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Scripture Reading on Sunday Mornings: Micah

Omri Miles July 13, 2018


Over the past several months, during our Sunday morning corporate gatherings, we have been reading through the Minor Prophets of the Old Testament (otherwise known as “The Twelve”). Since we will be hearing from God’s words through the prophet Micah over the next several weeks, this post is intended to help you prepare your heart to better understand what you will be hearing in the weeks to come.


  • Micah’s name is a shortened form of Micaiah/Michaiah which means, “Who is Like the LORD?”
  • Micah prophesied during the reigns of various kings of Judah: Jotham (750-732 BC), Ahaz (735-715 BC), and Hezekiah (729-686 BC).
  • Prophesied just before and after the fall of the northern kingdom (the ten tribes of Israel) to Assyria in 722 BC.
  • Themes: God’s Chastisement, God’s Covenants, God’s King, God’s Kingdom

The following sections include a brief summary of the themes included in the book with passages that serve as examples of those themes. As you hear Micah read from the pulpit, try to notice these themes.

God rebukes his people for their persistent rebellion and promises coming judgment for their evil deeds. Yahweh chastises Israel through the prophet Micah for their refusal to obey the clear requirements of the Law as recorded by Moses (Deut. 31:9). Micah’s rebukes make the most sense the more familiar you are with the Law. (For a crash course on Mosaic Law, read or skim the book of Deuteronomy.)

  • “Woe to those who scheme iniquity, who work out evil on their beds! When morning comes, they do it, for it is in the power of their hands. They covet fields and then seize them, and houses, and take them away. They rob a man and his house, a man and his inheritance. Therefore thus says the LORD, ‘Behold, I am planning against this family a calamity from which you cannot remove your necks; and you will not walk haughtily, for it will be an evil time.’” (Micah 2:1-3; also 1:5-7; 6:12, 15-16; 7:2-4)

Micah reminds Israel of God’s past trustworthiness by recalling Yahweh’s covenant faithfulness to Abraham and Moses. Notice how Micah builds on past biblical revelation, mentioning former Old Testament characters and places.

  • “You will give truth to Jacob and unchanging love to Abraham, which You swore to our forefathers from the days of old.” (Micah 7:16; also 6:4-5, 7:18-19)

God’s Messiah-King is revealed to be the One who will reign over his people from Jerusalem and lead Israel into a time of incredible prosperity. He comes from Bethlehem—the city of David—and from the tribe of Judah, he will defeat Israel’s enemies and be a Shepherd to his people, and epitomize faithful devotion to God. Notice that Micah seamlessly prophesies details about Christ’s first and final advent. Micah weaves together prophecies about Christ’s incarnation and his time on earth as well as when Christ finally comes to reign as King of Israel from David’s throne in Jerusalem.

  • “But as for you, Bethlehem Ephrathah, too little to be among the clans of Judah, from you One will go forth for Me to be ruler in Israel. His goings forth are from long ago, form the days of eternity.” (Micah 5:2; also 4:6-8; 5:3-4; 7:14)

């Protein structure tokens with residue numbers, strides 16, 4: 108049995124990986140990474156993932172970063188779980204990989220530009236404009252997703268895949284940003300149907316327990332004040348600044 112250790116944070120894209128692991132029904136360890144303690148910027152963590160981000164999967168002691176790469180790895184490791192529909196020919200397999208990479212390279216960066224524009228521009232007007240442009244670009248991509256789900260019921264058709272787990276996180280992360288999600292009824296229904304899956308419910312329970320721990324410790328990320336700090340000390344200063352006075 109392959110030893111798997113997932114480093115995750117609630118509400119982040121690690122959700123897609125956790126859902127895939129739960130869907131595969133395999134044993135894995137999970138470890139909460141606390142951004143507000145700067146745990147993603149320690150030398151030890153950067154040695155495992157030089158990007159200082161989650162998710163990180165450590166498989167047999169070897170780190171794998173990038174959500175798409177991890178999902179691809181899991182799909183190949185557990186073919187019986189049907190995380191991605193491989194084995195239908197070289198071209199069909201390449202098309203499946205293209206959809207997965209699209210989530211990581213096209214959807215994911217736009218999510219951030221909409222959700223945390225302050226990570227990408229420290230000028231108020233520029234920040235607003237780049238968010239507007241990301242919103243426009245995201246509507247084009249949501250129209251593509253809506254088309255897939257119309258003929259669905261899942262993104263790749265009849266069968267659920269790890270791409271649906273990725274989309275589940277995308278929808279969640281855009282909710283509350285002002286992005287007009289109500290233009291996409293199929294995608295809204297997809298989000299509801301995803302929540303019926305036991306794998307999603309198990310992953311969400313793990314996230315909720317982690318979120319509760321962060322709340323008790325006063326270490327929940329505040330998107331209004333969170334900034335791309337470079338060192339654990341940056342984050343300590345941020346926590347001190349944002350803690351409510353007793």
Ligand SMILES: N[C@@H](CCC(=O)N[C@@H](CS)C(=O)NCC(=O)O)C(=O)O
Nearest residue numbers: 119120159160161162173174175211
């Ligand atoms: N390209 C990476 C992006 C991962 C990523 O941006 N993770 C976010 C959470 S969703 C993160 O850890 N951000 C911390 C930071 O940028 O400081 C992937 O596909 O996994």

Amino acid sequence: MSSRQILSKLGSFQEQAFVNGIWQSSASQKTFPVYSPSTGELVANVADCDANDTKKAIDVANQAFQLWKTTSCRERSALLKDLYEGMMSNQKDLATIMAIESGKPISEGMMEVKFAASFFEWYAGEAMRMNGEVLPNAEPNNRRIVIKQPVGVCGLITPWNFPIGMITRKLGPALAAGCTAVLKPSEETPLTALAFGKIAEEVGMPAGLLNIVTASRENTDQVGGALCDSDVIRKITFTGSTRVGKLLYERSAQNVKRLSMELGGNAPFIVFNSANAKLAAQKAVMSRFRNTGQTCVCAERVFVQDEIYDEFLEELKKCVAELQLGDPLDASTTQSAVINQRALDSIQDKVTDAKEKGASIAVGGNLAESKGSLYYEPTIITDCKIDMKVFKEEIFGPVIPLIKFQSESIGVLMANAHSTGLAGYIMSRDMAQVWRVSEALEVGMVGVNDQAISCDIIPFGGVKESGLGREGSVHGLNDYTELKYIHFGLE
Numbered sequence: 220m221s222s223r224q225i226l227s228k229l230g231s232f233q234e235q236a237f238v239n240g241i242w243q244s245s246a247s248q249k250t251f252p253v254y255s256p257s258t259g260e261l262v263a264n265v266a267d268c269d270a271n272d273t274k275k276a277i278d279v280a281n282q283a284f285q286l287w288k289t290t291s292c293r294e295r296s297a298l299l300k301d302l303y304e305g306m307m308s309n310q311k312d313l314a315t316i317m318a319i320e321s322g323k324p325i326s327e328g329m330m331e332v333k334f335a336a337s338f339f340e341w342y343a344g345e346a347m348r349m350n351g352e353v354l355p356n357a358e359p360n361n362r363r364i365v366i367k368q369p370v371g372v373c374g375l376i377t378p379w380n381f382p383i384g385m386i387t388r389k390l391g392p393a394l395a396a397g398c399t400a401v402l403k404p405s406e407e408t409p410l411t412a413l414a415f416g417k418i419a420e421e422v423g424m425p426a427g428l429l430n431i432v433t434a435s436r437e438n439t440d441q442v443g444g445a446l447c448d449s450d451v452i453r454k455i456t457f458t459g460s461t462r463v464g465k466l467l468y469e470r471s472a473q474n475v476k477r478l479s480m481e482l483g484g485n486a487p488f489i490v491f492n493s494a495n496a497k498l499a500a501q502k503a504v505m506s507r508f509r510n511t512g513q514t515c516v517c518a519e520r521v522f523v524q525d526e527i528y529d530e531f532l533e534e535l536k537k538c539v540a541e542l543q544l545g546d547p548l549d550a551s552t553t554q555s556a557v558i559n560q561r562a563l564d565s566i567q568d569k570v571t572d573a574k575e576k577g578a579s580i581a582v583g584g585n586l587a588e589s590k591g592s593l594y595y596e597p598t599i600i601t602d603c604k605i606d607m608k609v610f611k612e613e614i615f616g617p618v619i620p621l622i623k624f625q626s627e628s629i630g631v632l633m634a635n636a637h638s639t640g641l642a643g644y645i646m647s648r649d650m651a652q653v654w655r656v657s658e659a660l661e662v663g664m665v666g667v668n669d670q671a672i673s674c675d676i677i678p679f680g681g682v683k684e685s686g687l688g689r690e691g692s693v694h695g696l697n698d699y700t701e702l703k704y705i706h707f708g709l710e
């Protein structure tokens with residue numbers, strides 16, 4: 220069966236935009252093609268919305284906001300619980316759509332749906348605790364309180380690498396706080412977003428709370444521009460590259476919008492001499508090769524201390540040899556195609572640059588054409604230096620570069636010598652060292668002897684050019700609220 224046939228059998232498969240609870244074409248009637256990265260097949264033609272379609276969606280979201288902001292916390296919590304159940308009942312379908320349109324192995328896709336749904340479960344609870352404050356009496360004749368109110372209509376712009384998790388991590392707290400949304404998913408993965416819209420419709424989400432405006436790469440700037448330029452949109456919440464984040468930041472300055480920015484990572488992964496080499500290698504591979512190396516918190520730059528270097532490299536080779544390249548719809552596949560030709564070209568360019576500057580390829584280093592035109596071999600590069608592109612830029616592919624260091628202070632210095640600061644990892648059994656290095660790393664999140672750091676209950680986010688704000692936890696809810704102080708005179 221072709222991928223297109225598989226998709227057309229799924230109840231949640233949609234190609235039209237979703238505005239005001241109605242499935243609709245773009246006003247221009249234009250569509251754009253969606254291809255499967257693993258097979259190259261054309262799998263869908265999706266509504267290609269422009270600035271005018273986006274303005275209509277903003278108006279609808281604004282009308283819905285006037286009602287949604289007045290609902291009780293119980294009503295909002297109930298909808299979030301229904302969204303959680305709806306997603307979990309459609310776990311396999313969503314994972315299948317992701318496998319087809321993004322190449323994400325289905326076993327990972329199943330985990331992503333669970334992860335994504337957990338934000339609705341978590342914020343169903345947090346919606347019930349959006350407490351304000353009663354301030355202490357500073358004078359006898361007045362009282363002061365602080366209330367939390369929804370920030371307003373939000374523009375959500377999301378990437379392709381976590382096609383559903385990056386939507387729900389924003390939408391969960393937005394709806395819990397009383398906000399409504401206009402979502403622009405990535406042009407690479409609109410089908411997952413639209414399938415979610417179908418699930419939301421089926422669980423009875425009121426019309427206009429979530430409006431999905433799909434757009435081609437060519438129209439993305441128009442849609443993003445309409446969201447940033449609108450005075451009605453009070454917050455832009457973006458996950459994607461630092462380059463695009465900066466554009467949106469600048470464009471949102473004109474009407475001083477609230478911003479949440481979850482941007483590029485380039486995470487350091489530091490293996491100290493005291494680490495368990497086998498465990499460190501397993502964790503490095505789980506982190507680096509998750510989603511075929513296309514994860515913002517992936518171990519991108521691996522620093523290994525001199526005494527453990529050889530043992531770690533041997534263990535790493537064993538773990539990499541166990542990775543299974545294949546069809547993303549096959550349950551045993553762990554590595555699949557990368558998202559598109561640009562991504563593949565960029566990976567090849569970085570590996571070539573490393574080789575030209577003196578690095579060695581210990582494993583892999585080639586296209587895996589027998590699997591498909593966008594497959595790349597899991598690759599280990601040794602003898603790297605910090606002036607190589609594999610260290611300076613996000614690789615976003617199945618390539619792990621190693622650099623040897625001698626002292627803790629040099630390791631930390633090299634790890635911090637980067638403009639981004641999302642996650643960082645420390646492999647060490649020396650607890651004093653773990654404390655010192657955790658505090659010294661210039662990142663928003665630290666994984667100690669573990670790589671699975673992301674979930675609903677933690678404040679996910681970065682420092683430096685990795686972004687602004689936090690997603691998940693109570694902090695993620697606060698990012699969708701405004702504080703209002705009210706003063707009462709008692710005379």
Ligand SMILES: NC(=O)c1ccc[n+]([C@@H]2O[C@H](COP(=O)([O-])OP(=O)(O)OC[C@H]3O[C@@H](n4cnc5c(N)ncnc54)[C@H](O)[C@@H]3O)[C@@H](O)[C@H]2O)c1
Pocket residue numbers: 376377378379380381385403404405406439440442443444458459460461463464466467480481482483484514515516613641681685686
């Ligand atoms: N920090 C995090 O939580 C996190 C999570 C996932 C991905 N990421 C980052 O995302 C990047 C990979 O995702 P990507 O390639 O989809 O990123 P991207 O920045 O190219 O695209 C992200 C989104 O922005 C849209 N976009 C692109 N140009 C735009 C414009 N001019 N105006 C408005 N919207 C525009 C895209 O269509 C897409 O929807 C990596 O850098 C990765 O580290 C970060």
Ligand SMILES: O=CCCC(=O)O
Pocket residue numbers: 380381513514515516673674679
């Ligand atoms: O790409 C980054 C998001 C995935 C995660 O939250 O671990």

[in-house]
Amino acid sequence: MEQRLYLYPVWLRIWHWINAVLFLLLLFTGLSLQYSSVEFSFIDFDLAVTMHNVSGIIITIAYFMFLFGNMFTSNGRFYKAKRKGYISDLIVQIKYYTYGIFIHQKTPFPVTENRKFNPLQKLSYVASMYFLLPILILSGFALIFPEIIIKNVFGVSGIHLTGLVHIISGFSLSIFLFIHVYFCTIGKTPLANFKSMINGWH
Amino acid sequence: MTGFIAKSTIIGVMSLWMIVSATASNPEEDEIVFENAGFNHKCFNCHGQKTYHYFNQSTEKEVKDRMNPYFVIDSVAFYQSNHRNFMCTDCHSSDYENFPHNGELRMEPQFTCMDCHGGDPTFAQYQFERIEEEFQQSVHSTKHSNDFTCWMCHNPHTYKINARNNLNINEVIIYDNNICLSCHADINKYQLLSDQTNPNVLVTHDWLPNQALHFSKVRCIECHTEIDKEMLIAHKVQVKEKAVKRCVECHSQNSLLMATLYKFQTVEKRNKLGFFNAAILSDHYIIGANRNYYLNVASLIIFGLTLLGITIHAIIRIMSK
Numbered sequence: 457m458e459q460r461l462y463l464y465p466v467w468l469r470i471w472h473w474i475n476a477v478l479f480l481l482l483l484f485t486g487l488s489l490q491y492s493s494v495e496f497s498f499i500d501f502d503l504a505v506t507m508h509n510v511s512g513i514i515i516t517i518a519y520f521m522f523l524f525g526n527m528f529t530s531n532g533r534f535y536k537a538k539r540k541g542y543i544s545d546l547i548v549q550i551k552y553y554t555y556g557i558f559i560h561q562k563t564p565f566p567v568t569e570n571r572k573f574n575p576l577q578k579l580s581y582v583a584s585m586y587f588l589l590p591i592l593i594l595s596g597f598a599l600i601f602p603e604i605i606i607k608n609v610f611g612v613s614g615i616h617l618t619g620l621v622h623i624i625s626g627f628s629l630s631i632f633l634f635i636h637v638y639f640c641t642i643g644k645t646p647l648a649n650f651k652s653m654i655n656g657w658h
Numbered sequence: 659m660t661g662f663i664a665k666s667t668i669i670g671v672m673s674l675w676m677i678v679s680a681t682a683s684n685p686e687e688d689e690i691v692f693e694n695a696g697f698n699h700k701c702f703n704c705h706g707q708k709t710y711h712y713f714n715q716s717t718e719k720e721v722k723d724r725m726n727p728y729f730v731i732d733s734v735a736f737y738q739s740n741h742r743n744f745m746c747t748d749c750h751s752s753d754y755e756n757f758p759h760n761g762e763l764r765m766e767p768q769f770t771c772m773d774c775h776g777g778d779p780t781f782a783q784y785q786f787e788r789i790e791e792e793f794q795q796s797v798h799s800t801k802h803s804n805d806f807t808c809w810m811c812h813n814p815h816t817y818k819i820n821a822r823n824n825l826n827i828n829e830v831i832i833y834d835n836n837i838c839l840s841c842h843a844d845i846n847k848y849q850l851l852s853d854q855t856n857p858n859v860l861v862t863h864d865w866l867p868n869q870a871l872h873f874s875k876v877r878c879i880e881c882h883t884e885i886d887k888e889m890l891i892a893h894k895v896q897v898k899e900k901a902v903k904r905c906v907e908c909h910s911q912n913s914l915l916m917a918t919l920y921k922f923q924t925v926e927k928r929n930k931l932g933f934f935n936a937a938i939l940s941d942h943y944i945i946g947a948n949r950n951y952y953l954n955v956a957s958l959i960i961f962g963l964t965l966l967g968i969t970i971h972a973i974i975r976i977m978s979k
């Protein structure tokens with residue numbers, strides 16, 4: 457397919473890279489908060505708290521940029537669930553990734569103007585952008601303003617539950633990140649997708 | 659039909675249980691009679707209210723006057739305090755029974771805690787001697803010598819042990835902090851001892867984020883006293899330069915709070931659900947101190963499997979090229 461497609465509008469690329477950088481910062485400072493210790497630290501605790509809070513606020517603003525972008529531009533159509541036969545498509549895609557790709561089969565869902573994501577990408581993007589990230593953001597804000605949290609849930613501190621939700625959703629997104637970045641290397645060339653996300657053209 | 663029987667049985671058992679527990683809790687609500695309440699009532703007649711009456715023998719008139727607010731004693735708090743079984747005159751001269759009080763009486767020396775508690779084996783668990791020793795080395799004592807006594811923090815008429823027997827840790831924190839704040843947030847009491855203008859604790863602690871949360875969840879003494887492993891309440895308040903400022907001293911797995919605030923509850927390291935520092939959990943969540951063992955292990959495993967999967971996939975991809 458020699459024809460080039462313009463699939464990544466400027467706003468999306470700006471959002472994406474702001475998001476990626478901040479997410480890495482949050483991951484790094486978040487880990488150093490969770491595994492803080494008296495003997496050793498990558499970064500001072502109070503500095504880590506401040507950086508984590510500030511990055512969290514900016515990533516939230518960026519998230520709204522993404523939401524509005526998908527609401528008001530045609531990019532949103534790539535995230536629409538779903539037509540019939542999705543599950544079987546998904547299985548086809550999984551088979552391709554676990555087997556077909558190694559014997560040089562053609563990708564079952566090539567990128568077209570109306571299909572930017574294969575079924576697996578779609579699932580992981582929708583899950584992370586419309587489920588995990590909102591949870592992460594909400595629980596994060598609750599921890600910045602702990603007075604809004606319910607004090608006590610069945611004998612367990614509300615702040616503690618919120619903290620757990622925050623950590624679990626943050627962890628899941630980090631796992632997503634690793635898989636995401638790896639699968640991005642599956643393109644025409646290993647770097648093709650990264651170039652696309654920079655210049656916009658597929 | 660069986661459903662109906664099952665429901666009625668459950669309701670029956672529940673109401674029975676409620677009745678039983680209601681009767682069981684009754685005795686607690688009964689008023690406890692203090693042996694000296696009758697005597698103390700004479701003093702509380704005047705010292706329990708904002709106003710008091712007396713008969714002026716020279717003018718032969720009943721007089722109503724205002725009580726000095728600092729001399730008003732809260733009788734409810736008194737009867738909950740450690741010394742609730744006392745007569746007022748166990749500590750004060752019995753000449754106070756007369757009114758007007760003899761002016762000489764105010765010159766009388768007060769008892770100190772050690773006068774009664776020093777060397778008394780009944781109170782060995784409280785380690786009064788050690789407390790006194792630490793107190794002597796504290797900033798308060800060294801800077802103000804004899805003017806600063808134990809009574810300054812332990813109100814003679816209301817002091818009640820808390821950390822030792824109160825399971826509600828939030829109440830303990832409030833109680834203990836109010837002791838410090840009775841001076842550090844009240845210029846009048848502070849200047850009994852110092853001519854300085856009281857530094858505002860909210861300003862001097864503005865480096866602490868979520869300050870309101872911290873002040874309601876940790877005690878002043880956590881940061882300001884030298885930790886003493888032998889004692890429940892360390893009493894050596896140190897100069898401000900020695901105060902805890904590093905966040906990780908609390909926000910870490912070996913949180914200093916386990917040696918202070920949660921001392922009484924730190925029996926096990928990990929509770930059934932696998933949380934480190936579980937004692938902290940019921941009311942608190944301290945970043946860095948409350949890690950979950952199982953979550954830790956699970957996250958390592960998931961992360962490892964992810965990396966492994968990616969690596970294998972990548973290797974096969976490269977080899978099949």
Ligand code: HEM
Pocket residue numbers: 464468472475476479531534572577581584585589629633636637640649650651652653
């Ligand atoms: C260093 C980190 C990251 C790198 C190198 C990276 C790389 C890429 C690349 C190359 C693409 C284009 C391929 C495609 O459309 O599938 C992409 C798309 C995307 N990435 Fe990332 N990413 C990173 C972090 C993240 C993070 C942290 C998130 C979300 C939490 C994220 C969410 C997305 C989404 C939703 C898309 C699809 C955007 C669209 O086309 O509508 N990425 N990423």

Micah prophesies of a time when this currently rebellious nation will one day be characterized by faithful devotion of Yahweh. At that time, Israel will finally dwell in the land that was promised to Abraham so long ago (Gen. 12:7; 13:14-18). They will be exalted above all other nations and there will be no more need for weapons of war because God’s King will rule from Jerusalem over the whole earth with absolute, visible sovereignty.

  • “And it will come about in the last days that the mountain of the house of the LORD will be established as the chief of the mountains. It will be raised above the hills, and the people will stream to it. Many nations will come and say, ‘Come and let us go up to the mountain of the LORD and to the house of the God of Jacob, that he may teach us about His ways and that we may walk in His paths.’ For from Zion will go forth the law, even the word of the LORD from Jerusalem.” (Micah 4:1-2; also 4:3-5, 12-13; 7:15-17)

Parents, Sunday morning Scripture readings are a great time to include our children in the instruction coming from the pulpit. Here are a couple suggestions for how to help your children glean from what’s being said during this time.

  • Read and discuss the upcoming chapter of Micah on Saturday night. Your kids will recognize what they are hearing on Sundays and it will sound familiar to them.
  • For kids who are just on the verge of learning to read and able to recognize certain words, teach them commonly used words in Micah such as God, Lord, the LORD (the personal name of Israel’s self-sufficient, covenant-keeping God who appeared to Moses in the bush), Zion, etc. This may keep them engaged and attentive since they are looking for something in the text on the screens up front.
  • Instruct your kids with the gospel! The nation of Israel during Micah’s day (and even now) is only a microcosm of all of mankind. We have all sinned grievously against God and deserve his judicial chastisement. However, because God has graciously sent His Messiah-King to die before He reigns on earth, those who repent and trust Him are promised God’s coming kingdom.